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I have lived in Walla Walla for four years and I plan on living out my days here. I have been writing about local buildings for three years now and am so grateful to have so many fascinating places to research.

Tuesday, September 20, 2011

Baumeister Building: Made With Metal

I can't walk by the elegant mauve and gray Baumeister Building without rapping one of its columns with my knuckles. Each rap is answered by a gratifying metallic clunk because this building is a "Mesker" and that means it's faced by a "galvanized storefront system." All its lovely ornamentation that looks carved and handmade is actually pressed sheet metal, a combination of galvanized steel and cast-iron. A small plaque affixed to the column identifies it as such. " Mesker Bros, Front Builders" it says. The manufacture of metal fronts for buildings began in the eastern U. S. in the 1840s and by mid-century there were foundries throughout the United Sates. The builders of the Baumeister Building ordered its sheet metal facade from the Mesker Brothers Ironworks of St Louis. A builder chose a front from a catalog, had it shipped by railroad, and--voila--he had a ready-made, durable and attractive front ready to affix to the structure. 

Also fabricated in metal, over the second story windows, is stamped big and bold that Max Baumeister built this structure and he did it in 1889. When it was first built the address in the city directory was listed as "between 2nd and 3rd" but now we find it by going to 27 West Main. Max Baumeister was a real estate and insurance agent in partnership with Harry Reynolds. You might expect that Mr. Baumeister would set up his own office in his handsome new building, but he worked from 8 E. Main and later he occupied space in the impressive Die Brucke building, which he also built.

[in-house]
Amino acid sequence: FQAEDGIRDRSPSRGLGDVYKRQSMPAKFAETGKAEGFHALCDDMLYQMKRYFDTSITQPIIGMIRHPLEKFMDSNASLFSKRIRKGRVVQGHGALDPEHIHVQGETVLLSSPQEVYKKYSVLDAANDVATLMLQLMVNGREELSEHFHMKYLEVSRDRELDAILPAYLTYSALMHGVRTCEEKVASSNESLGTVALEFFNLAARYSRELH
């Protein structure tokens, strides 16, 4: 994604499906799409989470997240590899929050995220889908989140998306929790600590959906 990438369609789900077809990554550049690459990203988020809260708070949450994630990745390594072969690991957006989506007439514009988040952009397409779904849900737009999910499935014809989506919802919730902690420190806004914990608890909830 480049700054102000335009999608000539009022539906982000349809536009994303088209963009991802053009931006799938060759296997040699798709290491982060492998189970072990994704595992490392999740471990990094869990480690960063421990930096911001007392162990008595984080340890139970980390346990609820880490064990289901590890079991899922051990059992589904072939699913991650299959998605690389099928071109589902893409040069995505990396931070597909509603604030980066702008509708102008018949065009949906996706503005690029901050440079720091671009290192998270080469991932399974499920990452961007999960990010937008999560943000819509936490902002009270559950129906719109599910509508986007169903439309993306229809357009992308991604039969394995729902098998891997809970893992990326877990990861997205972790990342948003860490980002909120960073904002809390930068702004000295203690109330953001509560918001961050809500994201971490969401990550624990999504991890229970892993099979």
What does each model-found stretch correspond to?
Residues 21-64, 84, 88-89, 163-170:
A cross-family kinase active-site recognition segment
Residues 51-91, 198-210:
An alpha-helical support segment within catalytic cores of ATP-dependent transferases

I spent many enjoyable hours poring over old city directories in the library and was able to discover what businesses occupied the downstairs spaces and for how long. The Walla Walla Savings Bank moved in there in 1889, the year the Baumeister was built, but over the years these high-ceilinged, big-windowed stores were mainly occupied by sporting goods stores such as Meyer and Keeny, which was not only a place you could buy a bicycle, but also a "rentery." Their ad in the 1901 city directory promised "Sporting Goods, Guns, Ammunition, and Bicycles", and you could get advice about your choice of a gun from Pleasant Le Francis, "gunsmith." The tradition of sports shop was carried on by Jackson's, who in the 30's often photographed hunters posed with their trophy deer in front of the shop. The sign in the window behind the hunters in one photograph says "Bargains-Balloon Tire Bicycles, $31.95 and Up." Ann Hamada, whose colorful quilt shop, Stash, occupies one of the store fronts today, remembers Soper's Leather Goods as being there when she was a child. Soper's sold more than leather; it also carried sporting goods. Ann told me that a gentleman came into Stash one day and asked her if she'd noticed any bullet holes in the basement walls. He remembered doing some target practice down there when he was young.

Doug Saturno, who owns the Baumeister (and restored it with such care), met with me, talked about his building's history, and--best of all--gave me a tour of the offices upstairs that are accessed via a marble-lined stariway. The halls have high ceilings; the offices are spacious and gracious. I was able to see where a long list of dentists and lawyers and real estate agents had their practices. The office number I sought was 211 and I was gratified to see that its large, light main office had an enviable view of Main Street below. You see, I chose to write about the Baumeister Building because it has some personal significance for me. My husband Mark and I live in a 102-year-old home built by S. E. (Sam) King, an attorney who had his office in # 211 in the Baumeister for many years, starting in 1906. I like to imagine Sam walking to work from Thorne Street. I'm guessing he took the quickest route, which was north on First to Main. Sam King may have taken the streetcar on cold days; a 1910 postcard shows a streetcar running right in front of the Baumeister. But I expect he walked if he could--up a pleasant street of big shady trees and handsome houses and then turning left onto Main, and in a few blocks there he was at the Baumeister, a metal beauty of a building.

Thanks, Joe Drazan for the historic photo (1890).

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